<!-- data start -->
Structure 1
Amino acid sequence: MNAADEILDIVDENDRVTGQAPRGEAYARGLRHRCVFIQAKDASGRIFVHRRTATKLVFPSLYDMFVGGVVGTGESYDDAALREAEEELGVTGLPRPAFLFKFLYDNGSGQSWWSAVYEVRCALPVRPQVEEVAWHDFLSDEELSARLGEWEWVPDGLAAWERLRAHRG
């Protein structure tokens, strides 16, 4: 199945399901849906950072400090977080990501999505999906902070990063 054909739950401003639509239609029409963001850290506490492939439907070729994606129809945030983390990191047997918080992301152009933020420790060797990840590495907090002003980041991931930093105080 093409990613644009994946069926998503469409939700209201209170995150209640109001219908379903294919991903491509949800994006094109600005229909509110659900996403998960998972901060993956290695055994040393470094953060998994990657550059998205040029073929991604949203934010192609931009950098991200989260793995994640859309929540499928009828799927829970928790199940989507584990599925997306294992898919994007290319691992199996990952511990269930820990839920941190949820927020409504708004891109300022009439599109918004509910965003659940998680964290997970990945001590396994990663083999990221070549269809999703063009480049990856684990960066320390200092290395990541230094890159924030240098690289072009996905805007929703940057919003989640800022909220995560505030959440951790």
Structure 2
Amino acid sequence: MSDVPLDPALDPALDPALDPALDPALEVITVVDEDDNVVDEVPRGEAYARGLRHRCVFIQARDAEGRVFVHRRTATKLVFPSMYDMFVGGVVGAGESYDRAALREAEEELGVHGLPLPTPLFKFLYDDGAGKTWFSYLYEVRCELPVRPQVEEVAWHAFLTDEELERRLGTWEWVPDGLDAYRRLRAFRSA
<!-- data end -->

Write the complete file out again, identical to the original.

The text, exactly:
Structure 1
Amino acid sequence: MNAADEILDIVDENDRVTGQAPRGEAYARGLRHRCVFIQAKDASGRIFVHRRTATKLVFPSLYDMFVGGVVGTGESYDDAALREAEEELGVTGLPRPAFLFKFLYDNGSGQSWWSAVYEVRCALPVRPQVEEVAWHDFLSDEELSARLGEWEWVPDGLAAWERLRAHRG
């Protein structure tokens, strides 16, 4: 199945399901849906950072400090977080990501999505999906902070990063 054909739950401003639509239609029409963001850290506490492939439907070729994606129809945030983390990191047997918080992301152009933020420790060797990840590495907090002003980041991931930093105080 093409990613644009994946069926998503469409939700209201209170995150209640109001219908379903294919991903491509949800994006094109600005229909509110659900996403998960998972901060993956290695055994040393470094953060998994990657550059998205040029073929991604949203934010192609931009950098991200989260793995994640859309929540499928009828799927829970928790199940989507584990599925997306294992898919994007290319691992199996990952511990269930820990839920941190949820927020409504708004891109300022009439599109918004509910965003659940998680964290997970990945001590396994990663083999990221070549269809999703063009480049990856684990960066320390200092290395990541230094890159924030240098690289072009996905805007929703940057919003989640800022909220995560505030959440951790």
Structure 2
Amino acid sequence: MSDVPLDPALDPALDPALDPALDPALEVITVVDEDDNVVDEVPRGEAYARGLRHRCVFIQARDAEGRVFVHRRTATKLVFPSMYDMFVGGVVGAGESYDRAALREAEEELGVHGLPLPTPLFKFLYDDGAGKTWFSYLYEVRCELPVRPQVEEVAWHAFLTDEELERRLGTWEWVPDGLDAYRRLRAFRSA